Nov 28 2007
08:06 am

Tom Humphrey files this report on the recommendations by the committee studying changes to the state's open meetings act.

After all the study and debate, it appears all they can agree on is to change the law from not allowing deliberation among two or more officials to not allowing three (or a majority, whichever is less) or more to deliberate. By not allowing two or more, the current law effectively allows no deliberation. The new law, if as described, would now allow two to deliberate. It is not clear how this is a change for the better.

It should also be noted that the article contains a factual error. The article states "Current law says that a meeting of two or more officials can be a violation." Actually, the law says that deliberation between two or more officials is a violation, not a meeting, and even provides for exceptions such as chance meetings or visits to a project site.

According to the article, there were also arguments to allow deliberation by phone or e-mail, as these would not be a "meeting."

It's pretty sad that elected officials have so much trouble understanding that they can't deliberate in secret and that the public's business must be conducted in public.

Mark Siegel's picture

I agree

The three or more proposal weakens the law.

I also don't know what is happening to a series of proposed exceptions to the law, some of which would open the door to the worst kind of back-room deal-cutting.

The committee report, for instance, had proposed exempting land purchases or leases by public units from the Open Meetings Law.

It's not hard to think of ways that private deals could be made on leases or land sales which might not be in the public interest.

Mark N. Foster's picture

Wouldn't Email Be Public Record

Would Intra-Commission Email constitute a public record?

Russ's picture

It's especially

It's especially disheartening to see that Richard Hollow, the attorney who represented the News Sentinel in the sunshine suit and who is one of the subcommittee members, endorsed this weakening of the law.

He argued in court (and Chancellor Fansler agreed in his ruling) that a secret deliberation between even two Commissioners thwarts the public business. In his ruling, Fansler discussed two (hypothetical) Commissioners who head two (hypothetical) factions meeting in secret, and by virtue of their leadership roles thereby achieve a majority when the full Commission votes.

For some reason, even Hollow has changed his mind.

About two weeks ago, I emailed my state senator (Woodson) and representative (Strader), asking for their positions on this proposed weakening of the law (back when they were considering a four-person cutoff). I haven't heard a word from either one of them.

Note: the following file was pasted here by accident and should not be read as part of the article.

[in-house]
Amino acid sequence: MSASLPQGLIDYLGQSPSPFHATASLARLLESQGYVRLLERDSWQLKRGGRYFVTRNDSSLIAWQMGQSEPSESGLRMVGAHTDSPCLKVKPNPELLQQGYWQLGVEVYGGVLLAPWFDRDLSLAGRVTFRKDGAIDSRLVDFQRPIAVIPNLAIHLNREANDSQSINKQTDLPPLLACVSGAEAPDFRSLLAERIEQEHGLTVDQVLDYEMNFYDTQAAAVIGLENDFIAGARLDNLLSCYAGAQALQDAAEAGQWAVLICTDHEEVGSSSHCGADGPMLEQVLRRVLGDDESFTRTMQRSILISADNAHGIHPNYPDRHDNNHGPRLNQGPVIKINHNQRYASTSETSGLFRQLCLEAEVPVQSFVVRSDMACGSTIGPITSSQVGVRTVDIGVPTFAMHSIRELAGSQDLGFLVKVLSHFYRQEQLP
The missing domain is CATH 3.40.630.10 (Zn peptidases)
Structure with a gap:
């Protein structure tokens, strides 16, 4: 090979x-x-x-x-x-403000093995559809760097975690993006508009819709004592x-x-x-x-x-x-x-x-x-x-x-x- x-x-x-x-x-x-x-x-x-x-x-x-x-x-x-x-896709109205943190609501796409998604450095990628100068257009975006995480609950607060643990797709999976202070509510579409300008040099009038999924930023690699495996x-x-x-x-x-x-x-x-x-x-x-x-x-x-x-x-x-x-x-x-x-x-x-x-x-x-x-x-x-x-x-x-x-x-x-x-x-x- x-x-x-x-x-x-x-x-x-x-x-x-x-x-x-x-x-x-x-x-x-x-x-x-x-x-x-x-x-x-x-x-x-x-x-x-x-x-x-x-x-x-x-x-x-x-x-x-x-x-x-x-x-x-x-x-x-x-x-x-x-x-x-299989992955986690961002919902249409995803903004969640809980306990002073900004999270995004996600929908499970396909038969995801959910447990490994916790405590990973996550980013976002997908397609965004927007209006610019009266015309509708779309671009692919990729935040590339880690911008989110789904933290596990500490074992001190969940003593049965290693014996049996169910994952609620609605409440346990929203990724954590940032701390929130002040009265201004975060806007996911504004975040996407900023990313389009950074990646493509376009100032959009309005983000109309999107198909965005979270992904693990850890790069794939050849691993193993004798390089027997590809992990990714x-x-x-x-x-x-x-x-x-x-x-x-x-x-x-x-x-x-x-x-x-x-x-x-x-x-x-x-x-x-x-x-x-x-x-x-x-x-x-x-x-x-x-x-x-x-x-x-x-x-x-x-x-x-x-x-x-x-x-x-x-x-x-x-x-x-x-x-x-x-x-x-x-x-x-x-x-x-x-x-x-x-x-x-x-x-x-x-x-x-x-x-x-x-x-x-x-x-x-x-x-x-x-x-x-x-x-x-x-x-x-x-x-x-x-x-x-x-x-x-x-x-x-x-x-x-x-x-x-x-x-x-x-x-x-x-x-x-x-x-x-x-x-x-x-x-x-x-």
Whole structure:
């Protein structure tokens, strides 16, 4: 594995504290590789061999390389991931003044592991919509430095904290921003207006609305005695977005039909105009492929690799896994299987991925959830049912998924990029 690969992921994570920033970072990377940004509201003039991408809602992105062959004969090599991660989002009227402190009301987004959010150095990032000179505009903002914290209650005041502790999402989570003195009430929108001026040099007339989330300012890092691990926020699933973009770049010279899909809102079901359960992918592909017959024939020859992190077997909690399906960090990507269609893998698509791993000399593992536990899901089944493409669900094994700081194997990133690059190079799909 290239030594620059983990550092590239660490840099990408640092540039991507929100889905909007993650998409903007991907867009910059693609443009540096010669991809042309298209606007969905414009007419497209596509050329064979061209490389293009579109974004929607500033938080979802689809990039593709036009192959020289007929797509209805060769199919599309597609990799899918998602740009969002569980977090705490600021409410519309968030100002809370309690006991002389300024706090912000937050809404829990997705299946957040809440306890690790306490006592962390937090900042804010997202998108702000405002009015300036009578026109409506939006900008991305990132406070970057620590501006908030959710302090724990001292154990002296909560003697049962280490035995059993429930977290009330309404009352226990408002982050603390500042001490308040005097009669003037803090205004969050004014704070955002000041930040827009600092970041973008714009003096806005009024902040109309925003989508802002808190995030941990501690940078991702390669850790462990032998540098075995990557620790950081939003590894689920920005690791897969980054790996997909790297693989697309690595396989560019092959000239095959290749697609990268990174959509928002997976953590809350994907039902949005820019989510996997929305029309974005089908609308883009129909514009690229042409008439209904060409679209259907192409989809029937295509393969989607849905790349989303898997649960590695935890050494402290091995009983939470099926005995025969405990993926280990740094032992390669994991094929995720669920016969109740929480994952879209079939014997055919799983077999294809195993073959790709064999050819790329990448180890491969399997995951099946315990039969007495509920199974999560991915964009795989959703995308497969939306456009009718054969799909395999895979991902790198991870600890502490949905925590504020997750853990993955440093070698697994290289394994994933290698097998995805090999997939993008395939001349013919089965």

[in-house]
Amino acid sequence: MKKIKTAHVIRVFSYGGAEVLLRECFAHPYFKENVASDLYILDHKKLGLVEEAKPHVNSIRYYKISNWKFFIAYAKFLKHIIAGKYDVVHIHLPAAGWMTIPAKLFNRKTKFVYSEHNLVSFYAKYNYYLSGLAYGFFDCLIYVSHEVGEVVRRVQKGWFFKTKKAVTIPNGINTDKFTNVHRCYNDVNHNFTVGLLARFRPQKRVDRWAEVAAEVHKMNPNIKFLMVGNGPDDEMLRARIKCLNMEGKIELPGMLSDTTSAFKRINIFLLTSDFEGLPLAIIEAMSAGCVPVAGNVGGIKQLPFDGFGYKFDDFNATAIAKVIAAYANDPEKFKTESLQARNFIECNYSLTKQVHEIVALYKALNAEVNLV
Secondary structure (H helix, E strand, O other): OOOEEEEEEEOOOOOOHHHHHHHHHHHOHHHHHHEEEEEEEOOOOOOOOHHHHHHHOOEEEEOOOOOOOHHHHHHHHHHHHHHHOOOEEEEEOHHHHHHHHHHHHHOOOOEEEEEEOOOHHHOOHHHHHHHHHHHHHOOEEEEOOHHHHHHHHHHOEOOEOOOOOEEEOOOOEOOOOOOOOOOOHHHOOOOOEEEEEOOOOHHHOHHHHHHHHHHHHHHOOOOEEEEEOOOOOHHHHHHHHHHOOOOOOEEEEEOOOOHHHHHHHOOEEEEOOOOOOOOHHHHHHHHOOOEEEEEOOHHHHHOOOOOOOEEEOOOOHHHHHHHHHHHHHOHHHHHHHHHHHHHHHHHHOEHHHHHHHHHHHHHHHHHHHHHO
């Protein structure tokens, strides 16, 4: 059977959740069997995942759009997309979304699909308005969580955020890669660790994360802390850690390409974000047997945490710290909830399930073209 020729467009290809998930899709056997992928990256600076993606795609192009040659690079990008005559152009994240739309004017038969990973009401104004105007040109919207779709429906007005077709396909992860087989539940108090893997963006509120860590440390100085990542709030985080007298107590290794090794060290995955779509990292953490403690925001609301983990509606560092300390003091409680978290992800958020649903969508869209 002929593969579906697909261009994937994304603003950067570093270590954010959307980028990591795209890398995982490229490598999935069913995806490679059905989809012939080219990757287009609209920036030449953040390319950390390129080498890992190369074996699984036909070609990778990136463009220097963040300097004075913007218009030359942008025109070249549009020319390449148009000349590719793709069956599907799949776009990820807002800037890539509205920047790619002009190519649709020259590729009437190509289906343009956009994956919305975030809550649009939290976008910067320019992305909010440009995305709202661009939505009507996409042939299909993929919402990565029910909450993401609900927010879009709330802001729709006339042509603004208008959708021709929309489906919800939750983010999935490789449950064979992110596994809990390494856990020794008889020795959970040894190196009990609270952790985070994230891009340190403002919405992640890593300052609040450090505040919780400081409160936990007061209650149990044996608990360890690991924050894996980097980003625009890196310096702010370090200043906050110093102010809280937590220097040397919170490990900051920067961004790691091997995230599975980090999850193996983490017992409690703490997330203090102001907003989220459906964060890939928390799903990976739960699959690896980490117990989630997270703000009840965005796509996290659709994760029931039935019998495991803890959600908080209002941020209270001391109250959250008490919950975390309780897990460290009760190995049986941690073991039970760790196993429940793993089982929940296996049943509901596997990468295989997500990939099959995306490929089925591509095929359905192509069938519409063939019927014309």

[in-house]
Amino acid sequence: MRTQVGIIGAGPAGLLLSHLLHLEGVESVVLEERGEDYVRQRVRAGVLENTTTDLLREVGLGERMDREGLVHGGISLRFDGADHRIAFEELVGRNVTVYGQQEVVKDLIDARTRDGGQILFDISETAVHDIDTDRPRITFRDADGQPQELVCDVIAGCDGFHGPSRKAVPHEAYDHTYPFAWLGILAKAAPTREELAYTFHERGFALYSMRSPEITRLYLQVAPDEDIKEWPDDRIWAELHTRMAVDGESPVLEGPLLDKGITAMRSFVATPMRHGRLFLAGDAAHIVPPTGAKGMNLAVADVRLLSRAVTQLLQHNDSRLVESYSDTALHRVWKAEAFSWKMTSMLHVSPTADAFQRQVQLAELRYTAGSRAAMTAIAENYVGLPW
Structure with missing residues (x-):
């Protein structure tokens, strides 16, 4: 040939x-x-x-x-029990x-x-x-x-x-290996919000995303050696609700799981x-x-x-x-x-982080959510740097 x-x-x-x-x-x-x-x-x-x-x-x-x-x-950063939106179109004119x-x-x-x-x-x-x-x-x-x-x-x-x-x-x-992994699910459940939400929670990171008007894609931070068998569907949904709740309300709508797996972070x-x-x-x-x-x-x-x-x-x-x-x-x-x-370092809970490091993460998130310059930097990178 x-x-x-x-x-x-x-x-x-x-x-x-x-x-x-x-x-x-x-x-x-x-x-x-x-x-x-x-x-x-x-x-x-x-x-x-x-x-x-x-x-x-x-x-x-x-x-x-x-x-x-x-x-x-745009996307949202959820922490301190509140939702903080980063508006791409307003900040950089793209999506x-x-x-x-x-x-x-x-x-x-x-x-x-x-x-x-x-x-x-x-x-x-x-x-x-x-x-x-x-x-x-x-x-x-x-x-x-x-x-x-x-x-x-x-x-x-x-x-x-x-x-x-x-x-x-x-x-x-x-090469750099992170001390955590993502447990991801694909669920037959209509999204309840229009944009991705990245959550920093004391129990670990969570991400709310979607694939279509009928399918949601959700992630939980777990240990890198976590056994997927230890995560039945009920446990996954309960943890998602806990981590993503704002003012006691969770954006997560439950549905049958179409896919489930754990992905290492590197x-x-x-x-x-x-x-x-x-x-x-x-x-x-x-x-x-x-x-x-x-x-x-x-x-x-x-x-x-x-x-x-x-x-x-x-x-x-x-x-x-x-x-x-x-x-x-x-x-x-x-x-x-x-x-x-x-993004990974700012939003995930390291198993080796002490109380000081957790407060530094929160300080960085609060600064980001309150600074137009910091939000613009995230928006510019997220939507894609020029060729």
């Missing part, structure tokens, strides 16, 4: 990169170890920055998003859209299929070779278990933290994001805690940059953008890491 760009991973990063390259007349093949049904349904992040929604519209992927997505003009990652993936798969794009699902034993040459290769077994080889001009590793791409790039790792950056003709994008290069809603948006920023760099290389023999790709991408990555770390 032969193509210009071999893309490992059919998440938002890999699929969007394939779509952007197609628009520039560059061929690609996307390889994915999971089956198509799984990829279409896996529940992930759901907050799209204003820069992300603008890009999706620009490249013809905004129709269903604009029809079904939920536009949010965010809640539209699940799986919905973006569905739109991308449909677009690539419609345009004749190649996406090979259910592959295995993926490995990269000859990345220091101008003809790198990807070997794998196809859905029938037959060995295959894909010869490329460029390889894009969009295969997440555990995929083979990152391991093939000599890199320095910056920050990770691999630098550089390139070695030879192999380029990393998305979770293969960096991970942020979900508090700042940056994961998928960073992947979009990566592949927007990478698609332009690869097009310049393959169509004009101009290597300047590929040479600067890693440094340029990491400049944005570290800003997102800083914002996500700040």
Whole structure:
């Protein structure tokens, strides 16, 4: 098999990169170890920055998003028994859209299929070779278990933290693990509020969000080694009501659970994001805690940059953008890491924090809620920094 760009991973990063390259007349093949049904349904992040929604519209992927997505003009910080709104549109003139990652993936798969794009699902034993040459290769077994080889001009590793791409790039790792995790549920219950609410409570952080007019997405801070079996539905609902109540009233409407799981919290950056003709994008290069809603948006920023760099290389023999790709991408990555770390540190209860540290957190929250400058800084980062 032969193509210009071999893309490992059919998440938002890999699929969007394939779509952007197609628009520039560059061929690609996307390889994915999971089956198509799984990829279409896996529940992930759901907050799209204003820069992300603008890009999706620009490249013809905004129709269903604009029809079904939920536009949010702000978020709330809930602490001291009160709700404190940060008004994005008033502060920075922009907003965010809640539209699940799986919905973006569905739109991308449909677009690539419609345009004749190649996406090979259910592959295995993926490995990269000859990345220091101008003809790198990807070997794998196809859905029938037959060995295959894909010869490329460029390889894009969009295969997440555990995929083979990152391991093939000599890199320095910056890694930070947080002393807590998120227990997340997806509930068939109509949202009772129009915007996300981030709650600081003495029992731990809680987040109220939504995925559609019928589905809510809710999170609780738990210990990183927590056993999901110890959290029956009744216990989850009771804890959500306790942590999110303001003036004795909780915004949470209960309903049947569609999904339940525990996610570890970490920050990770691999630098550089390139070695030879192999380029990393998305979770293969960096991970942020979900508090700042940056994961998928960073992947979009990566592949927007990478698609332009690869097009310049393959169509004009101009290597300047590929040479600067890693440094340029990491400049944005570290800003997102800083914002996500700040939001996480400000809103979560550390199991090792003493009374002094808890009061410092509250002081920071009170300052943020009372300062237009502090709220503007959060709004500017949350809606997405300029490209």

Johnny Ringo's picture

For some reason, even Hollow

For some reason, even Hollow has changed his mind.

"Politics is the art of the possible." ~ Otto von Bismark, 1867

Perhaps this was the best deal he could negotiate.

Rachel's picture

It's sad that the entire

It's sad that the entire focus seems to be on making things easier for elected officials. Their job isn't to take the easy way; it's to do the people's business, which should be done in public to the absoluted degree possible.

"The difficulty lies not so much in developing new ideas as in escaping from old ones." - John Maynard Keynes

Pam Strickland's picture

Well said Pam Strickland "We

Well said

Pam Strickland

"We are what we pretend to be, so we must be careful about what we pretend to be." ~Kurt Vonnegut

Lisa Starbuck's picture

It's Not Over

Just because the committee has recommended these changes, it doesn't mean that it is law. It still has to be voted on in the House and the Senate. Contact your legislators and let them know you want them to oppose changes to weaken the law.

Rachel's picture

Geez, the changes had better

Geez, the changes had better not pass. If they do, Scoobie et al., who can't seem to master the current law, will have to learn the new one. Their heads just might explode.

"The difficulty lies not so much in developing new ideas as in escaping from old ones." - John Maynard Keynes

jbr's picture

I don't get Hammond's

I don't get Hammond's statement about clarification. A preponderance of 'exceptions' are one reason people have to hire an attorney in order to understand things. 'Exceptions' typically exponentially complicate a subject.

jbr's picture

Bredesen against watering down Sunshine Law

"...government just works better..."


Tom Guleff's picture

Open Meetings

It appears the panel was waterboarding the Open Meetings law into submission. With the current contorted recommendations, the law will be too weak to stand for much of anything.


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